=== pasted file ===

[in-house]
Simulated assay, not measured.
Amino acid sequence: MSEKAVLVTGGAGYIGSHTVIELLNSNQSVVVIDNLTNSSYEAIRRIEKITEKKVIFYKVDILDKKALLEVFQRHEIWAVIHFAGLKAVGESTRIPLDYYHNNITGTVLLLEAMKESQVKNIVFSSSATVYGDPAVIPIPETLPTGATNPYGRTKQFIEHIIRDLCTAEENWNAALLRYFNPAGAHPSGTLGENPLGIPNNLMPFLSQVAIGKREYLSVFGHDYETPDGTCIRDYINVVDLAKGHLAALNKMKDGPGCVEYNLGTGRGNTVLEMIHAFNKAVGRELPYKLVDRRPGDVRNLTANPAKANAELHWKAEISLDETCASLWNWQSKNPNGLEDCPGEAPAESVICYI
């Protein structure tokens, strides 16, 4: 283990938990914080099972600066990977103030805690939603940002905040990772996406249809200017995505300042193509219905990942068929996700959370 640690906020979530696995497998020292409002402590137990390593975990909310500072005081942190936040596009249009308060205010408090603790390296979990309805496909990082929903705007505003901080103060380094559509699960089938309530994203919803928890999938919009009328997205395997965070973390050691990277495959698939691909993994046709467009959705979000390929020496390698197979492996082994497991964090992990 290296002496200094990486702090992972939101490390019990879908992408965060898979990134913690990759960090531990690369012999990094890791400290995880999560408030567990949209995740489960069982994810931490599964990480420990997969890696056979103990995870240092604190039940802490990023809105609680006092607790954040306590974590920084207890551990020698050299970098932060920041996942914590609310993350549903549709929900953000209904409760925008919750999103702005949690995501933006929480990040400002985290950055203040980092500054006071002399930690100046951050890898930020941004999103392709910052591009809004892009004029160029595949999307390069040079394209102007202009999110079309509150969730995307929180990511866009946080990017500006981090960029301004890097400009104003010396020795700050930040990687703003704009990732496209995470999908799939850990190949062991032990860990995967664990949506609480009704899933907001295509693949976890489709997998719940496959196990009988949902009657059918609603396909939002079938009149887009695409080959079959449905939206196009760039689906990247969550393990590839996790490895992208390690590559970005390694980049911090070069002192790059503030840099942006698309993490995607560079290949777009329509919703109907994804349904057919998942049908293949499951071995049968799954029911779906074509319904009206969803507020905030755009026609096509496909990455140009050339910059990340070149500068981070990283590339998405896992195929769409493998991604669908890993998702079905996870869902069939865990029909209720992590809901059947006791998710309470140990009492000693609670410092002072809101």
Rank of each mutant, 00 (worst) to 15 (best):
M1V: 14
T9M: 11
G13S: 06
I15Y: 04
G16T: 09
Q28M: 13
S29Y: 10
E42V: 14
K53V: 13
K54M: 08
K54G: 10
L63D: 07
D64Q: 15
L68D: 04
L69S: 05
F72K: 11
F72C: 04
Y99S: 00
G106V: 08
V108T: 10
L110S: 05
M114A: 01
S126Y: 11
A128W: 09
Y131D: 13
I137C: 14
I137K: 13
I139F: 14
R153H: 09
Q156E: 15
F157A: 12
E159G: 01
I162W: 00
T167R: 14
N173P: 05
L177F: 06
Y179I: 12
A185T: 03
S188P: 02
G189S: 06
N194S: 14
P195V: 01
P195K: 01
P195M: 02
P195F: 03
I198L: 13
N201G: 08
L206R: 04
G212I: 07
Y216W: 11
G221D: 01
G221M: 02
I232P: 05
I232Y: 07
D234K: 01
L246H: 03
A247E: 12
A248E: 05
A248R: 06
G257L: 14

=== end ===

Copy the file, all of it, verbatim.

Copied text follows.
[in-house]
Simulated assay, not measured.
Amino acid sequence: MSEKAVLVTGGAGYIGSHTVIELLNSNQSVVVIDNLTNSSYEAIRRIEKITEKKVIFYKVDILDKKALLEVFQRHEIWAVIHFAGLKAVGESTRIPLDYYHNNITGTVLLLEAMKESQVKNIVFSSSATVYGDPAVIPIPETLPTGATNPYGRTKQFIEHIIRDLCTAEENWNAALLRYFNPAGAHPSGTLGENPLGIPNNLMPFLSQVAIGKREYLSVFGHDYETPDGTCIRDYINVVDLAKGHLAALNKMKDGPGCVEYNLGTGRGNTVLEMIHAFNKAVGRELPYKLVDRRPGDVRNLTANPAKANAELHWKAEISLDETCASLWNWQSKNPNGLEDCPGEAPAESVICYI
């Protein structure tokens, strides 16, 4: 283990938990914080099972600066990977103030805690939603940002905040990772996406249809200017995505300042193509219905990942068929996700959370 640690906020979530696995497998020292409002402590137990390593975990909310500072005081942190936040596009249009308060205010408090603790390296979990309805496909990082929903705007505003901080103060380094559509699960089938309530994203919803928890999938919009009328997205395997965070973390050691990277495959698939691909993994046709467009959705979000390929020496390698197979492996082994497991964090992990 290296002496200094990486702090992972939101490390019990879908992408965060898979990134913690990759960090531990690369012999990094890791400290995880999560408030567990949209995740489960069982994810931490599964990480420990997969890696056979103990995870240092604190039940802490990023809105609680006092607790954040306590974590920084207890551990020698050299970098932060920041996942914590609310993350549903549709929900953000209904409760925008919750999103702005949690995501933006929480990040400002985290950055203040980092500054006071002399930690100046951050890898930020941004999103392709910052591009809004892009004029160029595949999307390069040079394209102007202009999110079309509150969730995307929180990511866009946080990017500006981090960029301004890097400009104003010396020795700050930040990687703003704009990732496209995470999908799939850990190949062991032990860990995967664990949506609480009704899933907001295509693949976890489709997998719940496959196990009988949902009657059918609603396909939002079938009149887009695409080959079959449905939206196009760039689906990247969550393990590839996790490895992208390690590559970005390694980049911090070069002192790059503030840099942006698309993490995607560079290949777009329509919703109907994804349904057919998942049908293949499951071995049968799954029911779906074509319904009206969803507020905030755009026609096509496909990455140009050339910059990340070149500068981070990283590339998405896992195929769409493998991604669908890993998702079905996870869902069939865990029909209720992590809901059947006791998710309470140990009492000693609670410092002072809101």
Rank of each mutant, 00 (worst) to 15 (best):
M1V: 14
T9M: 11
G13S: 06
I15Y: 04
G16T: 09
Q28M: 13
S29Y: 10
E42V: 14
K53V: 13
K54M: 08
K54G: 10
L63D: 07
D64Q: 15
L68D: 04
L69S: 05
F72K: 11
F72C: 04
Y99S: 00
G106V: 08
V108T: 10
L110S: 05
M114A: 01
S126Y: 11
A128W: 09
Y131D: 13
I137C: 14
I137K: 13
I139F: 14
R153H: 09
Q156E: 15
F157A: 12
E159G: 01
I162W: 00
T167R: 14
N173P: 05
L177F: 06
Y179I: 12
A185T: 03
S188P: 02
G189S: 06
N194S: 14
P195V: 01
P195K: 01
P195M: 02
P195F: 03
I198L: 13
N201G: 08
L206R: 04
G212I: 07
Y216W: 11
G221D: 01
G221M: 02
I232P: 05
I232Y: 07
D234K: 01
L246H: 03
A247E: 12
A248E: 05
A248R: 06
G257L: 14